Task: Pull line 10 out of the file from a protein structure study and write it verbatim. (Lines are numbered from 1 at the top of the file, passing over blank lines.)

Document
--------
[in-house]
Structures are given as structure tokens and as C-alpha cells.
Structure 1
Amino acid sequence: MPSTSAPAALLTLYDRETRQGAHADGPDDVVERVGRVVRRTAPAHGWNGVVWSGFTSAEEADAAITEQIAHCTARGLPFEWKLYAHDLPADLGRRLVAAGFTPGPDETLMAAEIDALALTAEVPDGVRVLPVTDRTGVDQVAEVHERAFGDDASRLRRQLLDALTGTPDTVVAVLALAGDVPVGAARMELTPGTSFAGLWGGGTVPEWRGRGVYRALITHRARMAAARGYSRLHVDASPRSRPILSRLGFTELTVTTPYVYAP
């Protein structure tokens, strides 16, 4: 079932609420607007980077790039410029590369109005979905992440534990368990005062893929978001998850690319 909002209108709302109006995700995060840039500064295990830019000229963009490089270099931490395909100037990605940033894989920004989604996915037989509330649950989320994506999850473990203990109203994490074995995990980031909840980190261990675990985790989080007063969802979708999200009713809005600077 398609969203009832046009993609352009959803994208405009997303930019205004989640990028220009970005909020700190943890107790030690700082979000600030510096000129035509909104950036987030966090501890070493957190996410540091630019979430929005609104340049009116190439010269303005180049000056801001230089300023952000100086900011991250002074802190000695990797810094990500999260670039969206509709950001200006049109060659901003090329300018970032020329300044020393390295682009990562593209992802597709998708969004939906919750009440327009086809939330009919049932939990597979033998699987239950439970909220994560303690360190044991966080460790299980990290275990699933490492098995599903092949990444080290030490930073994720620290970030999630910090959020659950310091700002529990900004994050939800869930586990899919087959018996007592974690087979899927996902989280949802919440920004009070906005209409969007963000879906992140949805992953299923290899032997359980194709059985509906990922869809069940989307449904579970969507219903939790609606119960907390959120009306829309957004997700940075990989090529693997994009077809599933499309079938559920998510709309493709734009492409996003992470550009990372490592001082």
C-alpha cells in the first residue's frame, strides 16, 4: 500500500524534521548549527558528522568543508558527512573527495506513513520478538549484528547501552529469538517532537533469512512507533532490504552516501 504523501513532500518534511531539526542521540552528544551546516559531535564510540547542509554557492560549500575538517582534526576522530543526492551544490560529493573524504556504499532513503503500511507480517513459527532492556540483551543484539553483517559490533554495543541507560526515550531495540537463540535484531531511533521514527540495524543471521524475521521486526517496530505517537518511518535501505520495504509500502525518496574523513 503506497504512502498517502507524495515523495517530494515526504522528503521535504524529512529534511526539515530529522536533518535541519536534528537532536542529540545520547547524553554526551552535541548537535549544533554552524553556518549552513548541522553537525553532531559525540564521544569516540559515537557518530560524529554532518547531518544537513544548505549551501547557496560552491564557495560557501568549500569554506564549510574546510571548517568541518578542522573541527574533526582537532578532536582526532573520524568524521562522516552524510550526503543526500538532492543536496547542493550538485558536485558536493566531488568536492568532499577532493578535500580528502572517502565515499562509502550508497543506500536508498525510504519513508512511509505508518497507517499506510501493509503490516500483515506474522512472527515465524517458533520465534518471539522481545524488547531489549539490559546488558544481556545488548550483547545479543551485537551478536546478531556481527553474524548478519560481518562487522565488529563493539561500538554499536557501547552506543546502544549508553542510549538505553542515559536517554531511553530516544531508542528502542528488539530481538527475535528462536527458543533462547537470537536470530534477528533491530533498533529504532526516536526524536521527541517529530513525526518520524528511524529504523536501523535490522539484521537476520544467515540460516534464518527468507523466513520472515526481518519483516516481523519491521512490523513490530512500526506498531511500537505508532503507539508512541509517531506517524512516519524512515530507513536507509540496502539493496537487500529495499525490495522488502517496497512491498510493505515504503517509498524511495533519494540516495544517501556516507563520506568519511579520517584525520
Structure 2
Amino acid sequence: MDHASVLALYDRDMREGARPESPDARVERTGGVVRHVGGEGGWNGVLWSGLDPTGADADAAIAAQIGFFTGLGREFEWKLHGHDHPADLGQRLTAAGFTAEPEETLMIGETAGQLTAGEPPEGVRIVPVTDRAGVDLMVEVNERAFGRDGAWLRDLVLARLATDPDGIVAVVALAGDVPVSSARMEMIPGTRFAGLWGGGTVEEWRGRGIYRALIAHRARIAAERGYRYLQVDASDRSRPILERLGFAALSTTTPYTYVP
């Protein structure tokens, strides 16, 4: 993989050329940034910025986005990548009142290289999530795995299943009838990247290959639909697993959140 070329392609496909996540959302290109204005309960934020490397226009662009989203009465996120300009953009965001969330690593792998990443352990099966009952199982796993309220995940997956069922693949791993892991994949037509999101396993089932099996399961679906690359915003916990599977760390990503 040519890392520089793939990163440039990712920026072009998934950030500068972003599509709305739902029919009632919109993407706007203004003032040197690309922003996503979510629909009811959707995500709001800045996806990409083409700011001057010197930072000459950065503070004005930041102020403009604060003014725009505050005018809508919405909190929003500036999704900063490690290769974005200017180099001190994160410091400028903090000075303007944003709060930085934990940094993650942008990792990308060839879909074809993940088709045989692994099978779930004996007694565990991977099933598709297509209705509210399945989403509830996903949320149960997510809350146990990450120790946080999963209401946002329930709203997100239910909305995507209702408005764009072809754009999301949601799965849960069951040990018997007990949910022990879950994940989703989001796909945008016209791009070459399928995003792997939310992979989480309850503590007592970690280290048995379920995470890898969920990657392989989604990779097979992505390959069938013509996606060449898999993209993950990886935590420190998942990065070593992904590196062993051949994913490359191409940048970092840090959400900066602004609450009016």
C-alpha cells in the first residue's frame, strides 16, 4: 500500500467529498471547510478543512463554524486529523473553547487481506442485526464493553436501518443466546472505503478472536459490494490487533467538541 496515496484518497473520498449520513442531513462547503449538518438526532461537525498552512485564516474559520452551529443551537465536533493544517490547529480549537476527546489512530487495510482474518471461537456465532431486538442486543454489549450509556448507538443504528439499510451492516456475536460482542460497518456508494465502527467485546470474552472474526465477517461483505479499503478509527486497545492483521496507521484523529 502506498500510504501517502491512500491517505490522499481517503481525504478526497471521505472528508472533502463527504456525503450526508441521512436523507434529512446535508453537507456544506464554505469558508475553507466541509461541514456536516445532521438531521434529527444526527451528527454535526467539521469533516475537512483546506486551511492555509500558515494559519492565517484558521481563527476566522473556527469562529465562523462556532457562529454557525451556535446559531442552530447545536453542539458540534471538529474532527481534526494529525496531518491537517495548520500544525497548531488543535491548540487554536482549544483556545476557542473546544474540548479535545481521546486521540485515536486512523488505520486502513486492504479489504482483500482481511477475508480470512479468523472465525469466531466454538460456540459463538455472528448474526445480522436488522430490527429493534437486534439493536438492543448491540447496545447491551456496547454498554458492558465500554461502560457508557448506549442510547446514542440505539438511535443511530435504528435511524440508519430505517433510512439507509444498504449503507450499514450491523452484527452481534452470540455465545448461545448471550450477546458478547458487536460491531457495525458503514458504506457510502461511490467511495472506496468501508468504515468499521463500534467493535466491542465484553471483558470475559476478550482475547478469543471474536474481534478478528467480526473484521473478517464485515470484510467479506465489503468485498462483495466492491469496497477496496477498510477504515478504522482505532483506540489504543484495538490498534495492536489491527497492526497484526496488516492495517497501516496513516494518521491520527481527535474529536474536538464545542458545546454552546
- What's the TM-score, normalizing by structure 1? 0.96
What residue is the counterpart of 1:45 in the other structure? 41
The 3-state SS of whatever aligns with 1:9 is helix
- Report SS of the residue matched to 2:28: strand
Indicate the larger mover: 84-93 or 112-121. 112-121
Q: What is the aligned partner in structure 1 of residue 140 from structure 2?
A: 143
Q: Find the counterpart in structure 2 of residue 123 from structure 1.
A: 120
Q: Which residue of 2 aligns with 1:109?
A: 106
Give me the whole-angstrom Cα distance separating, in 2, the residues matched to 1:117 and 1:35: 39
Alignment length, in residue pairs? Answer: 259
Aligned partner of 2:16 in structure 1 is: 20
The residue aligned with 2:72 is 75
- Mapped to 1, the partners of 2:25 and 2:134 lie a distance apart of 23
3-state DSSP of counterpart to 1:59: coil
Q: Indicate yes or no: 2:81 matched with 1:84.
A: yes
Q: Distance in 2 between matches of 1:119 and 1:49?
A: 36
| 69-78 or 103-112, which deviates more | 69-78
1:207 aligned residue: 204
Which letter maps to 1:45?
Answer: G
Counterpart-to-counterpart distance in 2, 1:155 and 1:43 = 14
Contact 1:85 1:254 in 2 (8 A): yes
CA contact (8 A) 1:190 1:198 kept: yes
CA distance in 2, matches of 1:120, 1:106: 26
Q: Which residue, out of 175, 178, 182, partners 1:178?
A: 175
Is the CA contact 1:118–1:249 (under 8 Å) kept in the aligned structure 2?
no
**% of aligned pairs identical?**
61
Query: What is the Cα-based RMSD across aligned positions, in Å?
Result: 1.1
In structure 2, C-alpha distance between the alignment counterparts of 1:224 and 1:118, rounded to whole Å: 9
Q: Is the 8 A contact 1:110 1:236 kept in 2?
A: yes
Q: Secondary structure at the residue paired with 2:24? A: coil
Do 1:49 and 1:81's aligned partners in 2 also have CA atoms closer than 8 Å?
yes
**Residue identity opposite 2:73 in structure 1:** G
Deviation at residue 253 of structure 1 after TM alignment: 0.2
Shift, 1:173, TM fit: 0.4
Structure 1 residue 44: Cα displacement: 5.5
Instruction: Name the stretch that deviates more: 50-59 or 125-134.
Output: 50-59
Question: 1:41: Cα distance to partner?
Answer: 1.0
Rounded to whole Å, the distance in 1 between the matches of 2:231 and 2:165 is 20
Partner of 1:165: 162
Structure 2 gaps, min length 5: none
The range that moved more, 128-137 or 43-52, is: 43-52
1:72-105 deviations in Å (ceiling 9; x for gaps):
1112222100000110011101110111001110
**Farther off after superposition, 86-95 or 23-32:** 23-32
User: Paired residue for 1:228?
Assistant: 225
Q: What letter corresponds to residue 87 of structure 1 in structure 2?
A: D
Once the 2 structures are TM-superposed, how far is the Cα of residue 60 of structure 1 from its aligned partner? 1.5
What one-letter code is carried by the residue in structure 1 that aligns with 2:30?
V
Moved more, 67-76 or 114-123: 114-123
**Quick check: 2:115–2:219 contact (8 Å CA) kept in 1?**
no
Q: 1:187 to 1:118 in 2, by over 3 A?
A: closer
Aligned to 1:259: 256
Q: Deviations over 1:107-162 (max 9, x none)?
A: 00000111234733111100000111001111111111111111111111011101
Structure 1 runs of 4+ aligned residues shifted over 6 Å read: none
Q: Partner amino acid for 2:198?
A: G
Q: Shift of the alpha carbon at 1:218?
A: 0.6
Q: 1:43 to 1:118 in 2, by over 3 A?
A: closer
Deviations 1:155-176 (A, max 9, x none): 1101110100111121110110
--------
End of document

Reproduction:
C-alpha cells in the first residue's frame, strides 16, 4: 500500500467529498471547510478543512463554524486529523473553547487481506442485526464493553436501518443466546472505503478472536459490494490487533467538541 496515496484518497473520498449520513442531513462547503449538518438526532461537525498552512485564516474559520452551529443551537465536533493544517490547529480549537476527546489512530487495510482474518471461537456465532431486538442486543454489549450509556448507538443504528439499510451492516456475536460482542460497518456508494465502527467485546470474552472474526465477517461483505479499503478509527486497545492483521496507521484523529 502506498500510504501517502491512500491517505490522499481517503481525504478526497471521505472528508472533502463527504456525503450526508441521512436523507434529512446535508453537507456544506464554505469558508475553507466541509461541514456536516445532521438531521434529527444526527451528527454535526467539521469533516475537512483546506486551511492555509500558515494559519492565517484558521481563527476566522473556527469562529465562523462556532457562529454557525451556535446559531442552530447545536453542539458540534471538529474532527481534526494529525496531518491537517495548520500544525497548531488543535491548540487554536482549544483556545476557542473546544474540548479535545481521546486521540485515536486512523488505520486502513486492504479489504482483500482481511477475508480470512479468523472465525469466531466454538460456540459463538455472528448474526445480522436488522430490527429493534437486534439493536438492543448491540447496545447491551456496547454498554458492558465500554461502560457508557448506549442510547446514542440505539438511535443511530435504528435511524440508519430505517433510512439507509444498504449503507450499514450491523452484527452481534452470540455465545448461545448471550450477546458478547458487536460491531457495525458503514458504506457510502461511490467511495472506496468501508468504515468499521463500534467493535466491542465484553471483558470475559476478550482475547478469543471474536474481534478478528467480526473484521473478517464485515470484510467479506465489503468485498462483495466492491469496497477496496477498510477504515478504522482505532483506540489504543484495538490498534495492536489491527497492526497484526496488516492495517497501516496513516494518521491520527481527535474529536474536538464545542458545546454552546